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Ph.D. Defense: Nhan Huu Pham
15 Nov @ 1:30 pm - 3:30 pm
Ph.D. Defense: Nhan Huu Pham15 Nov @ 1:30 pm – 3:30 pm
NEW STOCHASTIC AND RANDOMIZED ALGORITHMS FOR NONCONVEX OPTIMIZATION IN MACHINE LEARNING
The dissertation consists of new stochastic first-order methods to solve nonconvex optimization models which cover many applications in machine learning. Firstly, we propose ProxSARAH, a new framework that uses the SARAH gradient estimator to develop new algorithms for solving the stochastic composite nonconvex problems. Our analysis shows that our methods can achieve the best-known convergence results and even match the lower bound complexity. We also provide extensive numerical experiments to illustrate the advantages of our methods compared to existing ones. Next, we study the problem of policy gradient in reinforcement learning and propose a new proximal hybrid stochastic policy gradient algorithm, called ProxHSPGA, using a new policy gradient estimator built from two different estimators. The new algorithm is able to solve the general composite policy optimization problem which includes regularization or constraint on the policy parameters. It also achieves the best-known sample complexity compared to existing methods. Our experiments on both discrete and continuous control tasks show that our proposed methods indeed are advantageous over existing ones.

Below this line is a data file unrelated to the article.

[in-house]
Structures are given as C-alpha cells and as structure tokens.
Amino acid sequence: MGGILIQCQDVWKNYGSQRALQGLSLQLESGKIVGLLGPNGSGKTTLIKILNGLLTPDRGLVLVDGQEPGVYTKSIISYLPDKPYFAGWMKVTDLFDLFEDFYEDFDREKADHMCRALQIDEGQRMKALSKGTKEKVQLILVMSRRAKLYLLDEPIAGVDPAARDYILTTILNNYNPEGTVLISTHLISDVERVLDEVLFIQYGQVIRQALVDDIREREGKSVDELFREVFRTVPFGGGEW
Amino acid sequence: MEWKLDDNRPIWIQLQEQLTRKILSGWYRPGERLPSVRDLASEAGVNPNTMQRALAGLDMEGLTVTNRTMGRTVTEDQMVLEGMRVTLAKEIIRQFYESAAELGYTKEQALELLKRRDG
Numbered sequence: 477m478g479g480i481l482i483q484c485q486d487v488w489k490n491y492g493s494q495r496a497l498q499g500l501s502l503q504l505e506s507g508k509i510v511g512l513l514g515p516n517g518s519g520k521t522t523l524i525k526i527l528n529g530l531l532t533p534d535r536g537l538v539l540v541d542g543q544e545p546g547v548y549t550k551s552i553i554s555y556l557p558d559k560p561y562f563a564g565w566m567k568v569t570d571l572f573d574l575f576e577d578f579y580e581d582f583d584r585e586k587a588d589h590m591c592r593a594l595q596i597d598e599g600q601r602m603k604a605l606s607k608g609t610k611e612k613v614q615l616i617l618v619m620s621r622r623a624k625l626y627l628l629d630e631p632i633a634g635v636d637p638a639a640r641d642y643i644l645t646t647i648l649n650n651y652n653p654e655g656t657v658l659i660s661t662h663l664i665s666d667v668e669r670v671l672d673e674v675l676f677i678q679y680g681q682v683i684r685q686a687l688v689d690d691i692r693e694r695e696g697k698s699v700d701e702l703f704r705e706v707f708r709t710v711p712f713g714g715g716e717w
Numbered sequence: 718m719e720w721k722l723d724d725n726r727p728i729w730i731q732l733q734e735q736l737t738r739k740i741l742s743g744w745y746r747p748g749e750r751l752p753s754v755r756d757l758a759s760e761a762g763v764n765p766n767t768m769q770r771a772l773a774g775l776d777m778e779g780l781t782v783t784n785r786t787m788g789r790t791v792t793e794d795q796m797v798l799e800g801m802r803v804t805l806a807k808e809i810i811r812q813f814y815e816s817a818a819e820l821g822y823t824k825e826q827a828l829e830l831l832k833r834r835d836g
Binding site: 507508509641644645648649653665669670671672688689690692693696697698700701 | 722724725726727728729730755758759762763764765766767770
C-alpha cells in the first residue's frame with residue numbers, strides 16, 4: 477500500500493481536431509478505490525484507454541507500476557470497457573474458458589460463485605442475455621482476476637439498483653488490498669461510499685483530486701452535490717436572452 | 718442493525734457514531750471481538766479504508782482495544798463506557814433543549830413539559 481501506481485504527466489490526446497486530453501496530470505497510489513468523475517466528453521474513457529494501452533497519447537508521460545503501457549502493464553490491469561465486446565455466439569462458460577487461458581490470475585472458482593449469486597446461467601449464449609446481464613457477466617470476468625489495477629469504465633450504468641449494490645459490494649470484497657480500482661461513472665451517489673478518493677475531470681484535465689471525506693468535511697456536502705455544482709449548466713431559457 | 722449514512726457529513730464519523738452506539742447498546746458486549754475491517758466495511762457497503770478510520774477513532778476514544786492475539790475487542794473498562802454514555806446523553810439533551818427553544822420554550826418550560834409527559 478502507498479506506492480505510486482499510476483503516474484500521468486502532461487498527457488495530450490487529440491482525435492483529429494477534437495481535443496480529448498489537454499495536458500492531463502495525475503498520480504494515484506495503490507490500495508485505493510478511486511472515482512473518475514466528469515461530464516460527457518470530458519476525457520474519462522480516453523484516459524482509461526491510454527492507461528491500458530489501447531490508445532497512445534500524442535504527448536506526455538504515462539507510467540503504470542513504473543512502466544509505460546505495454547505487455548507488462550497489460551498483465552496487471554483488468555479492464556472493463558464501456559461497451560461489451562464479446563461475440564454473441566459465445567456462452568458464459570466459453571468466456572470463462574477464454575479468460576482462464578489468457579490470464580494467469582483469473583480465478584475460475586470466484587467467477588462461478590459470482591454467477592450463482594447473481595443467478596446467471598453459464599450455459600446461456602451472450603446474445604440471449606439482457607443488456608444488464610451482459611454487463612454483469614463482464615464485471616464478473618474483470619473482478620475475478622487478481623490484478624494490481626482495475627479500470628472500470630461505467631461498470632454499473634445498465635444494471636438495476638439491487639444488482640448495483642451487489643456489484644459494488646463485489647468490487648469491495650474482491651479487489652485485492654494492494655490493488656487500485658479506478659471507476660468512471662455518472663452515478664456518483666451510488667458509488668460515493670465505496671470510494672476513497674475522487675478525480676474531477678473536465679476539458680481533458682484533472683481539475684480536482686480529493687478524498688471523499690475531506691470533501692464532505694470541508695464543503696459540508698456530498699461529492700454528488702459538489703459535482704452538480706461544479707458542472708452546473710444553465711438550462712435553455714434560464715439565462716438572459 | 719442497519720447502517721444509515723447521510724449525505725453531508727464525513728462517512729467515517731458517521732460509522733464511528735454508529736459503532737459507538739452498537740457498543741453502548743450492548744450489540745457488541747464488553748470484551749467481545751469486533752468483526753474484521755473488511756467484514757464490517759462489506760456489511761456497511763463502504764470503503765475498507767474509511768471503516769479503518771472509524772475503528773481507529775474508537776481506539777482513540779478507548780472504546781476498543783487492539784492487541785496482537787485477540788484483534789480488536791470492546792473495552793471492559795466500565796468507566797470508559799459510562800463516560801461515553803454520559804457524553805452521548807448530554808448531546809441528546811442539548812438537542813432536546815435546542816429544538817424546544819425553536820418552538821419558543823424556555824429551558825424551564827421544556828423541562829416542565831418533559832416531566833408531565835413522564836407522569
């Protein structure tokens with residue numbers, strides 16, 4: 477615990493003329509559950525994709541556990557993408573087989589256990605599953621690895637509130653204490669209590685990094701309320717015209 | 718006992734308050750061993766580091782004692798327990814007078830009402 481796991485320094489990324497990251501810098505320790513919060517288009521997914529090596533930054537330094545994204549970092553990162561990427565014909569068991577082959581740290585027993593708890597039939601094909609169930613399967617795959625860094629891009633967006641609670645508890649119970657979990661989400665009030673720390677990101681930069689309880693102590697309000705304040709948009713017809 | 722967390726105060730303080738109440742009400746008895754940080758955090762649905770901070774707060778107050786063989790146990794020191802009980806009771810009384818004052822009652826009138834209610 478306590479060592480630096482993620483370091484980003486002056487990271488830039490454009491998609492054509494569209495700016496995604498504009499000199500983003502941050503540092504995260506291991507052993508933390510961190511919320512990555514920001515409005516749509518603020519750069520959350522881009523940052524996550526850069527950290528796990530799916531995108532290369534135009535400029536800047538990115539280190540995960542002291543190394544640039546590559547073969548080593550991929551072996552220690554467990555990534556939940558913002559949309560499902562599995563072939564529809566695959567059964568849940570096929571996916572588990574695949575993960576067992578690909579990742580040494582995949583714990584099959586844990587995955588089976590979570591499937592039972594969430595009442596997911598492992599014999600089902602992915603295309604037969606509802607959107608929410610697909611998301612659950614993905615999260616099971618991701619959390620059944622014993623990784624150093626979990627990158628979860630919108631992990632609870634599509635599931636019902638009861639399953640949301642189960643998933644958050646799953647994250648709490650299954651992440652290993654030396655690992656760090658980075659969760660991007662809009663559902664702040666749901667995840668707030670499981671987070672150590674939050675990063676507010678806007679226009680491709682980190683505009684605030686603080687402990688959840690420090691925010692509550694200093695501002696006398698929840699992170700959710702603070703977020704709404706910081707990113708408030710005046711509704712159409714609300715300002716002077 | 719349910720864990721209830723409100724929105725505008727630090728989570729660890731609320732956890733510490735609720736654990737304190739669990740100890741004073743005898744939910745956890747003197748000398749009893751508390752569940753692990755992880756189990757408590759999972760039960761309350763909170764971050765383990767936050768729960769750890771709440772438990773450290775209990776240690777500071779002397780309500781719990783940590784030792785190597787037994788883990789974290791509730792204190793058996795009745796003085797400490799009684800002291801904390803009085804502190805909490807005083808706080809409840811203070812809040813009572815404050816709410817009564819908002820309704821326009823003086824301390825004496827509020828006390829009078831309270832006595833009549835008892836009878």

Lastly, we focus on a new machine learning paradigm, called federated learning (FL), where multiple agents collaboratively train a machine learning model in a distributed fashion. We propose two new algorithms, FedDR and asyncFedDR, for solving the nonconvex composite optimization problem which can handle convex regularizers in FL. Our algorithms rely on a novel combination between a nonconvex Douglas-Rachford splitting method, randomized block-coordinate strategies, and asynchronous implementation. Our convergence analyses show that the new algorithms match the communication complexity lower bound up to a constant factor under standard assumptions. Our numerical experiments illustrate the advantages of our methods compared to existing ones on various synthetic and real datasets.